Wednesday, December 16, 2020

Sweden's Elderly Paid the Price of Pandemic Policy

 Sweden has so far recorded about 341,000 infections and more than 7,600 deaths from the pandemic with one of the highest per capita death rates in the world.

 Nearly 90% of fatalities were of elderly at least 70 years old and half of them were in long-term residential care.

Sweden's Prime Minister Stefan Lofven admitted the country's officials did not adequately care for the elderly during the COVID-19 pandemic.

Mats Melin, the chair of an  independent commission made up of political scientists, crisis management experts and public health experts, explained, "The government should have taken measures to ensure the elderly care was better equipped to deal with the pandemic."

The commission concluded that the "ultimate responsibility for these shortcomings rests with the government in power – and with the previous governments."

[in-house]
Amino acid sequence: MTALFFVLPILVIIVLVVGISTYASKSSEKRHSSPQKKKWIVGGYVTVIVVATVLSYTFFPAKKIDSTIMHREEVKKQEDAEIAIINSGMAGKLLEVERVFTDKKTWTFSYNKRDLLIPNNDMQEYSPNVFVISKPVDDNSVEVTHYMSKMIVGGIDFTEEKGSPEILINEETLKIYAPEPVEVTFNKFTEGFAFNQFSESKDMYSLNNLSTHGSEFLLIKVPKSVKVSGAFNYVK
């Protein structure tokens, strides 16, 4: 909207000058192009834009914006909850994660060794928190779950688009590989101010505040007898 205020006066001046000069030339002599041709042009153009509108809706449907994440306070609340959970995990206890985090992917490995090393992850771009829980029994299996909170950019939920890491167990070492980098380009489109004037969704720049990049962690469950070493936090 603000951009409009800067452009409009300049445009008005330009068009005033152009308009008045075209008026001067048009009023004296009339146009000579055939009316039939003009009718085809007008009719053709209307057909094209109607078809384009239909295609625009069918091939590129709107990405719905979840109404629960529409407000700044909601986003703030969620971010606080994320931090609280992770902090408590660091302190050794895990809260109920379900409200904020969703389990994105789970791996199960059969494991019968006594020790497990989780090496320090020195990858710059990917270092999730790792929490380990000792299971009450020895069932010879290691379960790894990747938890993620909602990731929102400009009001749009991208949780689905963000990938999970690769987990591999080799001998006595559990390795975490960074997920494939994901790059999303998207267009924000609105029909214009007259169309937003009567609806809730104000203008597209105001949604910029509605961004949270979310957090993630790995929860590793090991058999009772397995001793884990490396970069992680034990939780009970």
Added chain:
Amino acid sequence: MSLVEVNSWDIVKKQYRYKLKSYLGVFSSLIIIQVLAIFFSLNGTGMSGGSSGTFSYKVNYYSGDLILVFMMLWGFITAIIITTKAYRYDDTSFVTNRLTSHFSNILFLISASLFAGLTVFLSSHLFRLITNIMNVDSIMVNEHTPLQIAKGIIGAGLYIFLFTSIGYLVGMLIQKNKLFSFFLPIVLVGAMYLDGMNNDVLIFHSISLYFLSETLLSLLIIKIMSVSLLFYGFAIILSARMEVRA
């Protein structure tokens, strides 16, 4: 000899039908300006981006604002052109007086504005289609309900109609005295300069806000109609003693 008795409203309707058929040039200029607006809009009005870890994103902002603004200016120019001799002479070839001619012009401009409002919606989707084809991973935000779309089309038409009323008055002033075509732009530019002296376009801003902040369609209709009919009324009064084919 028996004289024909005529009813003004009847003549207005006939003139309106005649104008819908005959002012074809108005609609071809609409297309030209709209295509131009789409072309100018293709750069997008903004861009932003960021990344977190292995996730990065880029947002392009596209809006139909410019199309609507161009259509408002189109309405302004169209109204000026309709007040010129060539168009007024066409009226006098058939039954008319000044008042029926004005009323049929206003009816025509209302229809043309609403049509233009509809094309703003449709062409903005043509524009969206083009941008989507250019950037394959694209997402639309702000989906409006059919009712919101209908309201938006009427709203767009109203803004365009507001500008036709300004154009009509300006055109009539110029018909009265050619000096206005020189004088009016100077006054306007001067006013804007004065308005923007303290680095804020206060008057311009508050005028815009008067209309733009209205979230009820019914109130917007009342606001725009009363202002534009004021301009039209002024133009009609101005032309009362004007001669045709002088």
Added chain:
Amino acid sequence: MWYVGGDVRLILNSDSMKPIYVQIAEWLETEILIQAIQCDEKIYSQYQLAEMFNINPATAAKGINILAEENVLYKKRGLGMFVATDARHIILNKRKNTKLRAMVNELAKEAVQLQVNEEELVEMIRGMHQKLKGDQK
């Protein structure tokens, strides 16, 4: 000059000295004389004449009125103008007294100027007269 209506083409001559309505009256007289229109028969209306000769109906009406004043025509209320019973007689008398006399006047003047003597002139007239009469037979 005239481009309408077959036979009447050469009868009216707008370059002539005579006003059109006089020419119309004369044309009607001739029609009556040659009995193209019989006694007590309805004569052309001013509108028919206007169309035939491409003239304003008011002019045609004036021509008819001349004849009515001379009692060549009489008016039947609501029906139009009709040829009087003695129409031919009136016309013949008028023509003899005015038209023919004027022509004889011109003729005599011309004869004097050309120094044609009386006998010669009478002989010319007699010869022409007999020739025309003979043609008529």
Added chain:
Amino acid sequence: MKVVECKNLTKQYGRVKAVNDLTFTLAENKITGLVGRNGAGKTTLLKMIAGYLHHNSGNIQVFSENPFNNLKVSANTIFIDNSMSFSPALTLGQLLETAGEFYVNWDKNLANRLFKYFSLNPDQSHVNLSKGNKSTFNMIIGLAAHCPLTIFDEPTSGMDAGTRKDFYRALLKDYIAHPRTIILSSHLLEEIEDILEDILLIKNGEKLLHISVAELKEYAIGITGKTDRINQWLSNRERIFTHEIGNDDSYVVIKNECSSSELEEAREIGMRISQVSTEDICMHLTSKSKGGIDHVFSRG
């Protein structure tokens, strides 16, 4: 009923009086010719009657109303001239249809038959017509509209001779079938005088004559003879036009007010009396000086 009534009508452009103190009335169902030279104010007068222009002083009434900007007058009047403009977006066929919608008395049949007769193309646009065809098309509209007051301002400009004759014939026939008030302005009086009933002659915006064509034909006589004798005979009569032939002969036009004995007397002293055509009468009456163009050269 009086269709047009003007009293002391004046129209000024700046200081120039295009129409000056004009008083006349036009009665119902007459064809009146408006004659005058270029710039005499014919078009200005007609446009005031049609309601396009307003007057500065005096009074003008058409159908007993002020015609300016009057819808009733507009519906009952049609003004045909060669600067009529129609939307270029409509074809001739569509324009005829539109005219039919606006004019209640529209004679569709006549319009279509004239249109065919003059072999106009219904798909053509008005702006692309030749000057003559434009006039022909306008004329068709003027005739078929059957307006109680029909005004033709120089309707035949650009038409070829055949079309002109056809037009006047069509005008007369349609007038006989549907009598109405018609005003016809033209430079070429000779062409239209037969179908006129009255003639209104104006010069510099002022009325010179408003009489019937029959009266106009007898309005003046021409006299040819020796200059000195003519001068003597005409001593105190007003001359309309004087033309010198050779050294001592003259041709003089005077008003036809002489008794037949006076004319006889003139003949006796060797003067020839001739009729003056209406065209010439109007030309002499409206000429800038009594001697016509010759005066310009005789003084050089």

The commission said there were "structural shortcomings that have been well-known for a long time" which "led to residential care being unprepared and ill-equipped to handle a pandemic." Such shortcomings included a lack of protective equipment and delays in testing. The report warned of they described as "fragmentation" in the Swedish healthcare systems. Elderly care is divided between 21 regions and 290 municipalities. 

Coronavirus: Sweden admits lapses in elderly care | Coronavirus and Covid-19 - latest news about COVID-19 | DW | 16.12.2020


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